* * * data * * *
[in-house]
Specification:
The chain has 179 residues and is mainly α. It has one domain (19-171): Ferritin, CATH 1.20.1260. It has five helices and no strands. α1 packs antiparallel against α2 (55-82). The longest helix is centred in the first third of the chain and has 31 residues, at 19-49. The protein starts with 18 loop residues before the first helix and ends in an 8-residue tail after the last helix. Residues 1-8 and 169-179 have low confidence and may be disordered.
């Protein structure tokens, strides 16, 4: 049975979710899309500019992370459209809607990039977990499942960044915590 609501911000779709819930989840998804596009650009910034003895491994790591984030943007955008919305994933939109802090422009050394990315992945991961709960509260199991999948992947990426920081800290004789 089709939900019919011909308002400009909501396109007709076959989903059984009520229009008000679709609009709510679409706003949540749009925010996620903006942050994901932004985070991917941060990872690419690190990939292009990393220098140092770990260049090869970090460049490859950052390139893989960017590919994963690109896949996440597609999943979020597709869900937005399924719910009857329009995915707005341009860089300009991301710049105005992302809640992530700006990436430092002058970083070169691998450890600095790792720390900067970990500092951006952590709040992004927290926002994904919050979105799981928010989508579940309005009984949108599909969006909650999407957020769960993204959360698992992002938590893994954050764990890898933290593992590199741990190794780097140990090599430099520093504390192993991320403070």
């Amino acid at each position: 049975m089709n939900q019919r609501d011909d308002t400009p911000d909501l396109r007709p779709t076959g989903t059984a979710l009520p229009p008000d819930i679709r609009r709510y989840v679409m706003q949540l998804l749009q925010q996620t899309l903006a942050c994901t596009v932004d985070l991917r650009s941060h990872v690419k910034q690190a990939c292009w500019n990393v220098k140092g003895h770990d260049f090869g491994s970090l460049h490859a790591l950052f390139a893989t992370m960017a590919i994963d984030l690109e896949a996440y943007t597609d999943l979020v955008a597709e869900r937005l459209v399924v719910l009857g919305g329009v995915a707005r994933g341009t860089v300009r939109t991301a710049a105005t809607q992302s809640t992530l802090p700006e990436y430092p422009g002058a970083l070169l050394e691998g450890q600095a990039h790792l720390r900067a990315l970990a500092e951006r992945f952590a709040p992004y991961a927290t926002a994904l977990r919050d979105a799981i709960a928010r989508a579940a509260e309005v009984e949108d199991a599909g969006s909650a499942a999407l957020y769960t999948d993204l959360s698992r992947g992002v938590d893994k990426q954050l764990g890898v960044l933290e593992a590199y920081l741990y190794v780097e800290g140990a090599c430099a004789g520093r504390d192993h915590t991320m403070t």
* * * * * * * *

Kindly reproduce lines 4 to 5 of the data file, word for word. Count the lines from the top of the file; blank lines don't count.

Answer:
């Protein structure tokens, strides 16, 4: 049975979710899309500019992370459209809607990039977990499942960044915590 609501911000779709819930989840998804596009650009910034003895491994790591984030943007955008919305994933939109802090422009050394990315992945991961709960509260199991999948992947990426920081800290004789 089709939900019919011909308002400009909501396109007709076959989903059984009520229009008000679709609009709510679409706003949540749009925010996620903006942050994901932004985070991917941060990872690419690190990939292009990393220098140092770990260049090869970090460049490859950052390139893989960017590919994963690109896949996440597609999943979020597709869900937005399924719910009857329009995915707005341009860089300009991301710049105005992302809640992530700006990436430092002058970083070169691998450890600095790792720390900067970990500092951006952590709040992004927290926002994904919050979105799981928010989508579940309005009984949108599909969006909650999407957020769960993204959360698992992002938590893994954050764990890898933290593992590199741990190794780097140990090599430099520093504390192993991320403070």
């Amino acid at each position: 049975m089709n939900q019919r609501d011909d308002t400009p911000d909501l396109r007709p779709t076959g989903t059984a979710l009520p229009p008000d819930i679709r609009r709510y989840v679409m706003q949540l998804l749009q925010q996620t899309l903006a942050c994901t596009v932004d985070l991917r650009s941060h990872v690419k910034q690190a990939c292009w500019n990393v220098k140092g003895h770990d260049f090869g491994s970090l460049h490859a790591l950052f390139a893989t992370m960017a590919i994963d984030l690109e896949a996440y943007t597609d999943l979020v955008a597709e869900r937005l459209v399924v719910l009857g919305g329009v995915a707005r994933g341009t860089v300009r939109t991301a710049a105005t809607q992302s809640t992530l802090p700006e990436y430092p422009g002058a970083l070169l050394e691998g450890q600095a990039h790792l720390r900067a990315l970990a500092e951006r992945f952590a709040p992004y991961a927290t926002a994904l977990r919050d979105a799981i709960a928010r989508a579940a509260e309005v009984e949108d199991a599909g969006s909650a499942a999407l957020y769960t999948d993204l959360s698992r992947g992002v938590d893994k990426q954050l764990g890898v960044l933290e593992a590199y920081l741990y190794v780097e800290g140990a090599c430099a004789g520093r504390d192993h915590t991320m403070t």